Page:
It’s no secret that there are tons of scammers lurking around Facebook Marketplace. Horror stories of folks who’ve been finessed out of their money, the good they’re selling, and even their identities have circulated around the internet for years, and there are a bevy of resources online that have delineated some of the more common tricks con artists try to pull on unsuspecting buyers and sellers using the online marketplace to conduct business.
TikTok user Michel Janse (@michel.c.janse) unfortunately found herself on the receiving end of one of these scams, which resulted in someone gaining access to her online identity. However, the woman listened to her gut and immediately hopped on the web to get her Google Voice number back that was commandeered by the unscrupulous Facebook user.
She shared her PSA on in a viral clip that’s garnered more than 289,000 views since it was posted on Sept. 30. In the comments, folks chastised her for getting herself into the mess in the first place.
oops dont fall for this scam like me♬ original sound – Michel Janse
“Uhh, PSA I just got scammed on Facebook Marketplace like an actual identity theft scam. So I’m gonna share with you so that you don’t fall for it be smarter than me,” she says in the video. “I’m selling some furniture and one girl sent me an offer and I always go look at their picture, you know, just kind of vibe check them. Also I normally try to sell to women cause it’s less sketchy.”
Apparently, this time, Janse was wrong. After the two initially corresponded about her interest in purchasing the item, the woman asked Janse to accept a phone call from Google Voice in order to confirm she is a real person.
Janse explains, “And at first my gut was like, that feels really weird but then I was like she’s a female, I feel weird about selling thing online, I could like respect the safety measures. So I was like feel free to text me here’s my number and then I get this code and she’s says you send me that code you just got and then I’ll voice call you.”
This is a common scam and precisely where Janse went wrong. Scammers find out your phone number, and then send you a unique code. If you, like Janse, give the scammer the code, the scammer is able to create a Google Voice number linked to your phone number. This allows even foreign scammers to appear to others as though they are located in the U.S.
That is—if you’re giving the person your phone number associated with these accounts. From the sound of Janse’s story, however, it would appear that she ended up using a Google Voice phone number, which is a great line of defense against scammers when dealing with strangers you’re trying to buy and sell goods with online. Getting a burner phone number is almost always the play and probably what prevented her from getting royally screwed over from this Facebook Marketplace scammer.
Janse goes on to acknowledge that she messed up sending the scammer the code. “I should’ve Googled before doing it, I Googled right after I did because I was like something feels really off,” Janse says. “So FTC has a whole article about this it’s just an identity theft thing they basically claim your number, then can make calls from it to scam other people pretending to be you, but then they can also create accounts like under your name. So that’s not good.”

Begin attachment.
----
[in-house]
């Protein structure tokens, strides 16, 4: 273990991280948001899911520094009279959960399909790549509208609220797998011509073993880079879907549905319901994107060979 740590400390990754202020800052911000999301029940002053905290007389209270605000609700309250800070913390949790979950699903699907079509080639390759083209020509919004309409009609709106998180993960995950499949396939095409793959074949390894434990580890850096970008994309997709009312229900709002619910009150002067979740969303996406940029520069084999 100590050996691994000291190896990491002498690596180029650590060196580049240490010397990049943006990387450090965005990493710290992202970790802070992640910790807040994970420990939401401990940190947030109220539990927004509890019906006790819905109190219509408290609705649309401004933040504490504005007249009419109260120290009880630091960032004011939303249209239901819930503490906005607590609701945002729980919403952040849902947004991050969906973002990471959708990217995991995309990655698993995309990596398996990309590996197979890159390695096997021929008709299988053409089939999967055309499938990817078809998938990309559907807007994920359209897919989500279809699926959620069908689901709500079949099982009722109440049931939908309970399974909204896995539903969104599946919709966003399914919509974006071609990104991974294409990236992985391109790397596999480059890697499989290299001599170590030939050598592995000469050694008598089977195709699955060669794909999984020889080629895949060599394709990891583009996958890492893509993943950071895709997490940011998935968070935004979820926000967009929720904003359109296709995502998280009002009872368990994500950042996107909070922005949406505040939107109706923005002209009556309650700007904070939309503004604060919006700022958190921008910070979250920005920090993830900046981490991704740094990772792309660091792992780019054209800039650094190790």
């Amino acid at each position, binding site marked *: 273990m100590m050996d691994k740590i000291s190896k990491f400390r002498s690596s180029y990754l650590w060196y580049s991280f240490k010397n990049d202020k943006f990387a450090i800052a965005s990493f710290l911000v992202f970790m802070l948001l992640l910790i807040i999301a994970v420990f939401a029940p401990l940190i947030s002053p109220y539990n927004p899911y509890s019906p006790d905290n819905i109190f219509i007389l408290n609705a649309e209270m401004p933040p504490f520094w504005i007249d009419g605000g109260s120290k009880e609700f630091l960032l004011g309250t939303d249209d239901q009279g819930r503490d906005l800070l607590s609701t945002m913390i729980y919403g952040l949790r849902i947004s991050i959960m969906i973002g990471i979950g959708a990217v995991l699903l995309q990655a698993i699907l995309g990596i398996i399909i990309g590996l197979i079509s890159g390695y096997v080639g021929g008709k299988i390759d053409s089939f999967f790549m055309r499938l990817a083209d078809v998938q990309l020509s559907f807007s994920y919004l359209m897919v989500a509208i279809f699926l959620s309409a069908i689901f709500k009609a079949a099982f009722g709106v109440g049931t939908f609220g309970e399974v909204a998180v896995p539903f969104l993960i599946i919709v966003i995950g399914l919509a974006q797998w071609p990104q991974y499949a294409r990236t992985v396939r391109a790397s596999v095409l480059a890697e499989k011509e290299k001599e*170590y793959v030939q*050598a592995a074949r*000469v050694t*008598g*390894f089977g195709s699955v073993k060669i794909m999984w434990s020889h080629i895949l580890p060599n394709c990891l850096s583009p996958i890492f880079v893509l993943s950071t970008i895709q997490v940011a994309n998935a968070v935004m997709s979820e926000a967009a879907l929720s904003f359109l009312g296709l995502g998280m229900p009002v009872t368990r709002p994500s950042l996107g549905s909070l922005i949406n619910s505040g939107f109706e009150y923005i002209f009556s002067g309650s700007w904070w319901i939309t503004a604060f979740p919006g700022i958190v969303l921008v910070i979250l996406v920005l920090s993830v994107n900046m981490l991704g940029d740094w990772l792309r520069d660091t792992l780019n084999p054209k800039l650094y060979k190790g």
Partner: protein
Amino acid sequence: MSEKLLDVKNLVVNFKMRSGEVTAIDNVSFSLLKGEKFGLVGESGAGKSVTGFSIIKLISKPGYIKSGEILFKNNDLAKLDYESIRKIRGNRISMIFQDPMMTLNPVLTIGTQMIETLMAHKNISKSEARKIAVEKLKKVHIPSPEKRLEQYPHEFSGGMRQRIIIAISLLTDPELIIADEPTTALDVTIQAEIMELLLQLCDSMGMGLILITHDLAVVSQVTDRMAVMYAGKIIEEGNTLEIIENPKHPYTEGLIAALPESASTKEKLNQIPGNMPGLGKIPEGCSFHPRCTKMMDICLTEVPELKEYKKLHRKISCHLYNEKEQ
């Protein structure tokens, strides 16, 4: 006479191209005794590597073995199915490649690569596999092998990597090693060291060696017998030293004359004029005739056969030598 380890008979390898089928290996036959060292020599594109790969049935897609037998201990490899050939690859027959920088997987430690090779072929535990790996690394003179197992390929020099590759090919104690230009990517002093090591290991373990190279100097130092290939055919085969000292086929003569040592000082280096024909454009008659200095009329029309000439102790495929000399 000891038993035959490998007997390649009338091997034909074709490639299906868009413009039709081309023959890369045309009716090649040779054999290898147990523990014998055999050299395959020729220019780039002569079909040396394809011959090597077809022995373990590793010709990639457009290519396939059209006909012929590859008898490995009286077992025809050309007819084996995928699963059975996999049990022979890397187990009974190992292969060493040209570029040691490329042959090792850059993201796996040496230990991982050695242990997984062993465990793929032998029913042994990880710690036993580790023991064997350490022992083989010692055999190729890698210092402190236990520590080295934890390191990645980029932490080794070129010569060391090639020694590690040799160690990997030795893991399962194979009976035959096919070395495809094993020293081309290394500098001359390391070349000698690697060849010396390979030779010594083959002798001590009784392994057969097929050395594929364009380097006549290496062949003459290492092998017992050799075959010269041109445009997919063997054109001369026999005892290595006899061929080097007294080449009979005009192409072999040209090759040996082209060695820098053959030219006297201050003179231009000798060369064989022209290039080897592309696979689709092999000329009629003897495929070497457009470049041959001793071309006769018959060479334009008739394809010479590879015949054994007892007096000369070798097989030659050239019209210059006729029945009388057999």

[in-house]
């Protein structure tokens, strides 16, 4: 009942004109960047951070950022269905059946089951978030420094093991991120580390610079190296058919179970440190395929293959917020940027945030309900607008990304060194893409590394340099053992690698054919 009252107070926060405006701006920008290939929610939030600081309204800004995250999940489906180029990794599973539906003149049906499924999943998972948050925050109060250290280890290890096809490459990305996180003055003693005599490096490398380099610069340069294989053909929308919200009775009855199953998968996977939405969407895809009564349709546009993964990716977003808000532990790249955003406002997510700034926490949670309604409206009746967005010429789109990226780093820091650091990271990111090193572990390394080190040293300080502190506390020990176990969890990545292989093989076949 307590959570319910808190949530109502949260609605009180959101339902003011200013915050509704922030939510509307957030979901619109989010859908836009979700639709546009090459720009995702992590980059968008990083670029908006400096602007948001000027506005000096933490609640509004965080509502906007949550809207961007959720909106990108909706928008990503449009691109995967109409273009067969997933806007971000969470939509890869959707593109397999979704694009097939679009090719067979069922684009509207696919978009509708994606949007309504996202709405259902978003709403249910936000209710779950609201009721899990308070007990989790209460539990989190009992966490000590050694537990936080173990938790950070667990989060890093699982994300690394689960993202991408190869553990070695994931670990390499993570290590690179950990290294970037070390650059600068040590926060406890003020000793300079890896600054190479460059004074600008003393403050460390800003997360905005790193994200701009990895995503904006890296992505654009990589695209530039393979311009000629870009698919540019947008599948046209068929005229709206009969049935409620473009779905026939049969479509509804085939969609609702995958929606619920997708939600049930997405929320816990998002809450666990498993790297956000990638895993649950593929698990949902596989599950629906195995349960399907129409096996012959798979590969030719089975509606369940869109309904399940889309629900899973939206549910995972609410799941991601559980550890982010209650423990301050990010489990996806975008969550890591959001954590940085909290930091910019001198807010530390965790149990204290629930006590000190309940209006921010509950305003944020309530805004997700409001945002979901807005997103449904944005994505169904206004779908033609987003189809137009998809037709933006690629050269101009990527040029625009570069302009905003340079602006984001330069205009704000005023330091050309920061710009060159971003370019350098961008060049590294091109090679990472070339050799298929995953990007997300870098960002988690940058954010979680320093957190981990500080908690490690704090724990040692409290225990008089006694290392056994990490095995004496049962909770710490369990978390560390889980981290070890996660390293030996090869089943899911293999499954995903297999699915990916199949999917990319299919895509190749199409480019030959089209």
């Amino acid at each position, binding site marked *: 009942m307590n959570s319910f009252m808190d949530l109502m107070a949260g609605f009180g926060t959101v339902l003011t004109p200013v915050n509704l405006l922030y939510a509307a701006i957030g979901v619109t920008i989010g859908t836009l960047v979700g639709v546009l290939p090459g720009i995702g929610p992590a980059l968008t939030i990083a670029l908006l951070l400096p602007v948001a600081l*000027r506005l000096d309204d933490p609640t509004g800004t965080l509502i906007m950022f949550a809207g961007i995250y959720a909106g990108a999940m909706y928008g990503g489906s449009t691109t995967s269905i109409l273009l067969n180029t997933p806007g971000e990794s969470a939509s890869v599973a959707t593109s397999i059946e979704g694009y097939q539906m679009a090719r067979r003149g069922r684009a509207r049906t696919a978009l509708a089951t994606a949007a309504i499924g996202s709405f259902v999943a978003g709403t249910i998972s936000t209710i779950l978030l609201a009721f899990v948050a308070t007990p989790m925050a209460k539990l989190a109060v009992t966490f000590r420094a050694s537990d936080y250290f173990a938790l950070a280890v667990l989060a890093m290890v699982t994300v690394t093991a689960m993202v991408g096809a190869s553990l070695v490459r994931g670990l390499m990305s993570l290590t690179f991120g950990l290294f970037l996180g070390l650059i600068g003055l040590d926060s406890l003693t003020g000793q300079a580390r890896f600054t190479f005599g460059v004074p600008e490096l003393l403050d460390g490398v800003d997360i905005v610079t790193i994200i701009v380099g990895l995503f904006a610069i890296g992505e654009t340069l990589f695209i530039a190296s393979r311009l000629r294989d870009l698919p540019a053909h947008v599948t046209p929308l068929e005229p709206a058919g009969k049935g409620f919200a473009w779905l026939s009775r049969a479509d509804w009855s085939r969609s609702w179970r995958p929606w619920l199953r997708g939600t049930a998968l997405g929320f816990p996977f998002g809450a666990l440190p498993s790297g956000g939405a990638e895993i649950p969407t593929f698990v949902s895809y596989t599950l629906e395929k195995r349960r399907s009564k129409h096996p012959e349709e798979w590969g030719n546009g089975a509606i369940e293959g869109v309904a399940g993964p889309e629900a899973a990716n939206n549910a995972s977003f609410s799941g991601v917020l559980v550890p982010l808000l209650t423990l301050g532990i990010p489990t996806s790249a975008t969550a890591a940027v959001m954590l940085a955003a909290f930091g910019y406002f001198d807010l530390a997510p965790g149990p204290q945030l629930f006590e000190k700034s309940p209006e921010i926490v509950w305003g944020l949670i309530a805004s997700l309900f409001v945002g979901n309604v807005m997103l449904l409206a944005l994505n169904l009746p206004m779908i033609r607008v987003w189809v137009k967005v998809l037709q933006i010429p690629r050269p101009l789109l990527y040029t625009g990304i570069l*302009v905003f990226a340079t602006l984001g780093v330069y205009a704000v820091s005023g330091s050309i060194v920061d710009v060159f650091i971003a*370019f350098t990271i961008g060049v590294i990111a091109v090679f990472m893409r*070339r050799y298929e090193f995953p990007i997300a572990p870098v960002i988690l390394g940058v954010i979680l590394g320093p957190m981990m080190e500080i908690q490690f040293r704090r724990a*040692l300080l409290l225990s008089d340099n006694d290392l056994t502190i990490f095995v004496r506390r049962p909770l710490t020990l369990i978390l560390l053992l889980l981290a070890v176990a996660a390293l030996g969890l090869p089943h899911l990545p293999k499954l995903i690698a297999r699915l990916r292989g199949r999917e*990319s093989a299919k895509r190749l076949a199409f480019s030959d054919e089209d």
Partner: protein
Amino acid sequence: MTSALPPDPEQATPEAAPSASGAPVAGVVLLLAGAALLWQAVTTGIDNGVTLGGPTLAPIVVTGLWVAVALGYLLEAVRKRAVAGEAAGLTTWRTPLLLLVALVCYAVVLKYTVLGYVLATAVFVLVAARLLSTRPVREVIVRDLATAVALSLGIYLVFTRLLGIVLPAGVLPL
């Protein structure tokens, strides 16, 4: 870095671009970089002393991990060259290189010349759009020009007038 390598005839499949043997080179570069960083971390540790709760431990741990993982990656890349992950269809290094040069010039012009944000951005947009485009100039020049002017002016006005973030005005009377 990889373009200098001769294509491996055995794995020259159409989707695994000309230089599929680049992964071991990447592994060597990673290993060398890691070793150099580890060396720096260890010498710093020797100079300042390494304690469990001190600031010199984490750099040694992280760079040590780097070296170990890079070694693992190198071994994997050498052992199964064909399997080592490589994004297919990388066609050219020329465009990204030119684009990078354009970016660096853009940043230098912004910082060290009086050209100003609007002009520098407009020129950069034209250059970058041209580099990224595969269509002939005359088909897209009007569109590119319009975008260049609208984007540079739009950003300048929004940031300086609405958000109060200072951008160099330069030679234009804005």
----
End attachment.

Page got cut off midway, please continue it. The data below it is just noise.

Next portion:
Because Janse decided to look into the matter so early on, she was able to ultimately minimize the damage done by the scammer. “Thankfully there’s a way to go onto like Google Voice and basically reclaim your number and take it away from them by sending yourself a verification code again,” Janse explains.
Folks who responded to Janse’s video said that they too were familiar with this hustle. One person wrote, “I have heard of this. I always tell them I prefer to keep communication on fb messenger and they never write back.”
Another user agreed this is par for the course. They wrote, “I occasionally sell on marketplace and this is the most common scam. I always immediately say ‘I don’t have a phone’ and they stop responding.”
Others admonished her for sending a code in the first place: “don’t ever send any codes.”
“Don’t ever send a code girrrrrrrrl,” a second user echoed.
“Omg never send the code,” a third user agreed.
When in doubt, it seems that keeping communication on the Facebook application is the best idea. If you are going to use Google Voice, it is best to never share codes for safety reasons. Also, stay away from mobile forms of payment, vet the other person’s profiles, and attempt to meet in public places, if possible, to buy and sell items. Facebook has a detailed list of guidelines to follow in order to minimize your chances of being scammed while navigating the sometimes scary and thief-laden world of its online marketplace.
The Daily Dot has reached out to Facebook via email and Janse via TikTok comment for further information.